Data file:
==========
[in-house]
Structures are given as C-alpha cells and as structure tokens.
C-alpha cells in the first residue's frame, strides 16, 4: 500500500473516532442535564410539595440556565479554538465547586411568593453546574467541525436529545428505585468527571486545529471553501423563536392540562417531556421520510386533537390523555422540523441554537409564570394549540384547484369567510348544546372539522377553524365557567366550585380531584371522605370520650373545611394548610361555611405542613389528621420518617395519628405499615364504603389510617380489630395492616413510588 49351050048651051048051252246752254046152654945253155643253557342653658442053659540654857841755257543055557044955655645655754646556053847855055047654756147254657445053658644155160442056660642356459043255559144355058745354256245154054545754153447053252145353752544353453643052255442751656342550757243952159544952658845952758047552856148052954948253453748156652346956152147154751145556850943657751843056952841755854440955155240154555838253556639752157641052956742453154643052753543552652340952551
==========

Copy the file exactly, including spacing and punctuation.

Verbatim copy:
[in-house]
Structures are given as C-alpha cells and as structure tokens.
C-alpha cells in the first residue's frame, strides 16, 4: 500500500473516532442535564410539595440556565479554538465547586411568593453546574467541525436529545428505585468527571486545529471553501423563536392540562417531556421520510386533537390523555422540523441554537409564570394549540384547484369567510348544546372539522377553524365557567366550585380531584371522605370520650373545611394548610361555611405542613389528621420518617395519628405499615364504603389510617380489630395492616413510588 49351050048651051048051252246752254046152654945253155643253557342653658442053659540654857841755257543055557044955655645655754646556053847855055047654756147254657445053658644155160442056660642356459043255559144355058745354256245154054545754153447053252145353752544353453643052255442751656342550757243952159544952658845952758047552856148052954948253453748156652346956152147154751145556850943657751843056952841755854440955155240154555838253556639752157641052956742453154643052753543552652340952551